WiFi Clock

An ESP8266 based LED Clock that automatically sets the time and demonstrates many features of the Sming framework.

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In my continuing quest to pay Verizon less money, I got rid of my cable box in my bedroom, which, while saving me money, removed the digital clock display from the room. Wanting to create a project that used the ESP8266, I created a WiFi based clock which set its time through NTP, and updated daylight savings time automatically. You plug the clock in, it sets and maintains the time without any user input, just like the clock on the cable box. The firmware communicates with a Raspberry Pi running Node Red through MQTT. It features the ability to do OTA updates, and can become a WiFi access point that hosts a web page to configure the WiFi network information.

The hardware is fairly straightforward. The display is made up of some eBay specials 1.5" blue 7 segment LEDs where each segment contains 2 blue LEDs. To get across 2 blue LED voltage drops, the clock is supplied with a 7.5V wall wart, and and off the shelf adjustable switching buck module drops the voltage to 3.3v for the logic chips. The LEDs are driven by some NPIC6C596 open drain shift registers controlled by some GPIOs on the ESP-12 version of the ESP8266. A couple of discrete blue LEDs make up the colon and another, the PM indicator, and a TEPT-4400 phototransistor is used to detect the ambient light and dim the display accordingly. A couple of buttons provide reset and OTA flash and a DS18B20 temperature sensor gives the ESP8266 something to do when it is not updating the display. The full schematic is here. The PCB is home made using photosensitive boards as described here.

The software is based on the Sming framework , which provides the ability to do Over The Air firmware updates through the RBoot bootloader, the MQTT connectivity, the Network Configuration web pages, and basic Arduino-like access to various resources of the microcontroller. I setup my development environment using Eclipse. The time display is bit-banged through the shift registers before they are latched in. The display is dimmed with a PWM signal on the enable pin of the shift registers controlled by the value of the ADC reading the phototransistor. Time zone information is broadcast through the MQTT topic by some javascript running on Node Red (because I could not find a good, simple way to get TZ info through an IP Location web service). The TZ message is an MQTT retained message so that the correct TZ is available on the MQTT topic whenever the clock boots up. MQTT also provides a control channel where clock can be put into config mode, start an OTA flash, or the clock can be restarted through an MQTT message. The values from the DS18B20 are published on an MQTT topic every 30 seconds, where Node-Red picks up those messages and publishes to for graphing. Full source code for the firmware is located here.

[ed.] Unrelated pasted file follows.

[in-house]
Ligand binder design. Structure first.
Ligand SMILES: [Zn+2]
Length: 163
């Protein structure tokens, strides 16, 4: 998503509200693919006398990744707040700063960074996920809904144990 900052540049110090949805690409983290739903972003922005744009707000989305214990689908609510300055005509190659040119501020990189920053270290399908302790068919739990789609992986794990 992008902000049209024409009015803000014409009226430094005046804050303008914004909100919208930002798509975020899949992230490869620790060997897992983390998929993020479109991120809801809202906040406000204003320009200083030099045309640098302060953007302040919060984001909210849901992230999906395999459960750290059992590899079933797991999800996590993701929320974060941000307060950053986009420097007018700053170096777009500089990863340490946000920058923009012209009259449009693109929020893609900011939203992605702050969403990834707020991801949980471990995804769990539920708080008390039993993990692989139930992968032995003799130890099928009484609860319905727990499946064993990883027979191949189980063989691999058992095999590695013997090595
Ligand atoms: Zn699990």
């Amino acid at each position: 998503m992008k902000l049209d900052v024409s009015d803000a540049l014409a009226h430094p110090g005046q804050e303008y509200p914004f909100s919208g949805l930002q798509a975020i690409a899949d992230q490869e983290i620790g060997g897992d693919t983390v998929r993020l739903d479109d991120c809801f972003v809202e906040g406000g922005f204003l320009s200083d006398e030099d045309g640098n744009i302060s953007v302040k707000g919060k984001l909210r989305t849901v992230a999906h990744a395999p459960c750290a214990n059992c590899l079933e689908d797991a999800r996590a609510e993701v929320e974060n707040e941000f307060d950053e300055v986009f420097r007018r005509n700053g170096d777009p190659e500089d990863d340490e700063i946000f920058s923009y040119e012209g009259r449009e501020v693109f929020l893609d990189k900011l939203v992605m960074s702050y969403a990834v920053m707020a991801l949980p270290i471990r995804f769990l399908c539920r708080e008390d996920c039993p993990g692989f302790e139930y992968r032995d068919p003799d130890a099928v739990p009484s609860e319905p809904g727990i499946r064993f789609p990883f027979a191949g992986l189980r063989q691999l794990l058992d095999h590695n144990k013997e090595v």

The project is encased in a 3D printed enclosure made from PETG with the display protected by a transparent blue acrylic cover. The OpenSCAD files for the case are here.

  • PWM and the ESP8266

    Kevin Kessler05/17/2016 at 16:52 0 comments

    Boy those blue leds are bright, and the really need dimmed to prevent the bedroom to be lit up like a movie studio. Unfortunately, PWM on the ESP8266 is somewhat broken, in that you cannot get the duty cycle below about 20%. I only discovered only after I built the clock PCB, so I had to bodge in a single inverter, 74HC1G04, into the !OE line of the shift registers. Now, instead of having a duty cycle of effectively 20%-100%, I have a duty cycle of 0%-80%, and can dim the display enough (about 10% duty cycle). Since the LEDs are so bright, maxing out the brightness at 80% is not a problem. The schematic and PCB eagle files are updated to show this modification.

  • MQTT and OTA update conflicts

    Kevin Kessler05/17/2016 at 16:44 0 comments

    I found that OTA updates were very unreliable when the ESP8266 was connected to the MQTT broker, probably due to the fact that the MQTT keep-alives would interfere with the download of the firmware image. The Sming MQTT client class did not have the disconnect functionality, so I had to add that myself. Because all of the Sming MQTT Client class elements were private, I could not simply derive my class from theirs, I had to create a copy of the Sming class, KMKMqttClient, and add the disconnect functionality. It is a hack, but I now call the disconnect method before the OTA download, and it is very reliable.

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